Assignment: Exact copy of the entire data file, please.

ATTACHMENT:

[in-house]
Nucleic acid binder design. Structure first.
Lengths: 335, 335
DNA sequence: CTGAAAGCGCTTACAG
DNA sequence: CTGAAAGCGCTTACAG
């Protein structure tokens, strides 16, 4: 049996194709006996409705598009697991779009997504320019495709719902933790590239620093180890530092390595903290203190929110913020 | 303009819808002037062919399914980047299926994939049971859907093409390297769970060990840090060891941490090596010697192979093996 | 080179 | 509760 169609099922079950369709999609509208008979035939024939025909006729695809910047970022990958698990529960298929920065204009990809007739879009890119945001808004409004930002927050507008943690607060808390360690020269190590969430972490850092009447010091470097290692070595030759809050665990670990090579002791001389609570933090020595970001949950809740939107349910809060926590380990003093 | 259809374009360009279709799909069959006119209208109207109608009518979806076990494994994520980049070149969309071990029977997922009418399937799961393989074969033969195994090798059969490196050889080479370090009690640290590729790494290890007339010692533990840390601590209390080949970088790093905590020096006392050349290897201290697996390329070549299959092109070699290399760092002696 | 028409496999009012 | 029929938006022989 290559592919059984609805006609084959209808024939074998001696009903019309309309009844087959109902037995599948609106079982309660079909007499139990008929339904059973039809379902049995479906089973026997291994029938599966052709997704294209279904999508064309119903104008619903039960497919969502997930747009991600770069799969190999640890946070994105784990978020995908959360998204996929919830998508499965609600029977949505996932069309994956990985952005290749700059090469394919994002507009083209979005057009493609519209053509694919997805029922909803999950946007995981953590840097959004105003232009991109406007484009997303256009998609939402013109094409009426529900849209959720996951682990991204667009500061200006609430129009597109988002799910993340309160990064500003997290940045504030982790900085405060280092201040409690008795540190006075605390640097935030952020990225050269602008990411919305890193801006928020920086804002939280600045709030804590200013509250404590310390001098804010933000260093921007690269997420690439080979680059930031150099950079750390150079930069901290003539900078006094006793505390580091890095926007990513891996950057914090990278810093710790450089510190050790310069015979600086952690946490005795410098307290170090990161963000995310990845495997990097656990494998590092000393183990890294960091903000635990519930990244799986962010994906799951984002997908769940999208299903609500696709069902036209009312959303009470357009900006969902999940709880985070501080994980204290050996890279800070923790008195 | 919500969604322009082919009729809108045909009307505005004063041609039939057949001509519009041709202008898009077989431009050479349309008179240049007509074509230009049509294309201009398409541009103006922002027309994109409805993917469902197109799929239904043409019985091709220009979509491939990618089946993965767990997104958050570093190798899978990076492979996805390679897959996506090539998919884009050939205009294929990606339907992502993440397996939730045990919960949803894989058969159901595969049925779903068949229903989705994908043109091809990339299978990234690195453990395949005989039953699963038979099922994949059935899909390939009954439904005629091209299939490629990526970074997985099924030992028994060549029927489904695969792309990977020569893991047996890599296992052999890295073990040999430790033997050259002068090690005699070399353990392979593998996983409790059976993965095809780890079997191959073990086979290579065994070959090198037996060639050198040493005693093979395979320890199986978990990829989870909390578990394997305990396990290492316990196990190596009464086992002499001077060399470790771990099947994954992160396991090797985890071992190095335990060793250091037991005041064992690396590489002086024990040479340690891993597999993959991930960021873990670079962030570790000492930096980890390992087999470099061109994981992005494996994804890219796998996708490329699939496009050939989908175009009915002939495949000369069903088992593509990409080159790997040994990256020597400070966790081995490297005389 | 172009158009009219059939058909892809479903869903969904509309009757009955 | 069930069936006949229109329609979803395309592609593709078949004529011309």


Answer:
[in-house]
Nucleic acid binder design. Structure first.
Lengths: 335, 335
DNA sequence: CTGAAAGCGCTTACAG
DNA sequence: CTGAAAGCGCTTACAG
């Protein structure tokens, strides 16, 4: 049996194709006996409705598009697991779009997504320019495709719902933790590239620093180890530092390595903290203190929110913020 | 303009819808002037062919399914980047299926994939049971859907093409390297769970060990840090060891941490090596010697192979093996 | 080179 | 509760 169609099922079950369709999609509208008979035939024939025909006729695809910047970022990958698990529960298929920065204009990809007739879009890119945001808004409004930002927050507008943690607060808390360690020269190590969430972490850092009447010091470097290692070595030759809050665990670990090579002791001389609570933090020595970001949950809740939107349910809060926590380990003093 | 259809374009360009279709799909069959006119209208109207109608009518979806076990494994994520980049070149969309071990029977997922009418399937799961393989074969033969195994090798059969490196050889080479370090009690640290590729790494290890007339010692533990840390601590209390080949970088790093905590020096006392050349290897201290697996390329070549299959092109070699290399760092002696 | 028409496999009012 | 029929938006022989 290559592919059984609805006609084959209808024939074998001696009903019309309309009844087959109902037995599948609106079982309660079909007499139990008929339904059973039809379902049995479906089973026997291994029938599966052709997704294209279904999508064309119903104008619903039960497919969502997930747009991600770069799969190999640890946070994105784990978020995908959360998204996929919830998508499965609600029977949505996932069309994956990985952005290749700059090469394919994002507009083209979005057009493609519209053509694919997805029922909803999950946007995981953590840097959004105003232009991109406007484009997303256009998609939402013109094409009426529900849209959720996951682990991204667009500061200006609430129009597109988002799910993340309160990064500003997290940045504030982790900085405060280092201040409690008795540190006075605390640097935030952020990225050269602008990411919305890193801006928020920086804002939280600045709030804590200013509250404590310390001098804010933000260093921007690269997420690439080979680059930031150099950079750390150079930069901290003539900078006094006793505390580091890095926007990513891996950057914090990278810093710790450089510190050790310069015979600086952690946490005795410098307290170090990161963000995310990845495997990097656990494998590092000393183990890294960091903000635990519930990244799986962010994906799951984002997908769940999208299903609500696709069902036209009312959303009470357009900006969902999940709880985070501080994980204290050996890279800070923790008195 | 919500969604322009082919009729809108045909009307505005004063041609039939057949001509519009041709202008898009077989431009050479349309008179240049007509074509230009049509294309201009398409541009103006922002027309994109409805993917469902197109799929239904043409019985091709220009979509491939990618089946993965767990997104958050570093190798899978990076492979996805390679897959996506090539998919884009050939205009294929990606339907992502993440397996939730045990919960949803894989058969159901595969049925779903068949229903989705994908043109091809990339299978990234690195453990395949005989039953699963038979099922994949059935899909390939009954439904005629091209299939490629990526970074997985099924030992028994060549029927489904695969792309990977020569893991047996890599296992052999890295073990040999430790033997050259002068090690005699070399353990392979593998996983409790059976993965095809780890079997191959073990086979290579065994070959090198037996060639050198040493005693093979395979320890199986978990990829989870909390578990394997305990396990290492316990196990190596009464086992002499001077060399470790771990099947994954992160396991090797985890071992190095335990060793250091037991005041064992690396590489002086024990040479340690891993597999993959991930960021873990670079962030570790000492930096980890390992087999470099061109994981992005494996994804890219796998996708490329699939496009050939989908175009009915002939495949000369069903088992593509990409080159790997040994990256020597400070966790081995490297005389 | 172009158009009219059939058909892809479903869903969904509309009757009955 | 069930069936006949229109329609979803395309592609593709078949004529011309």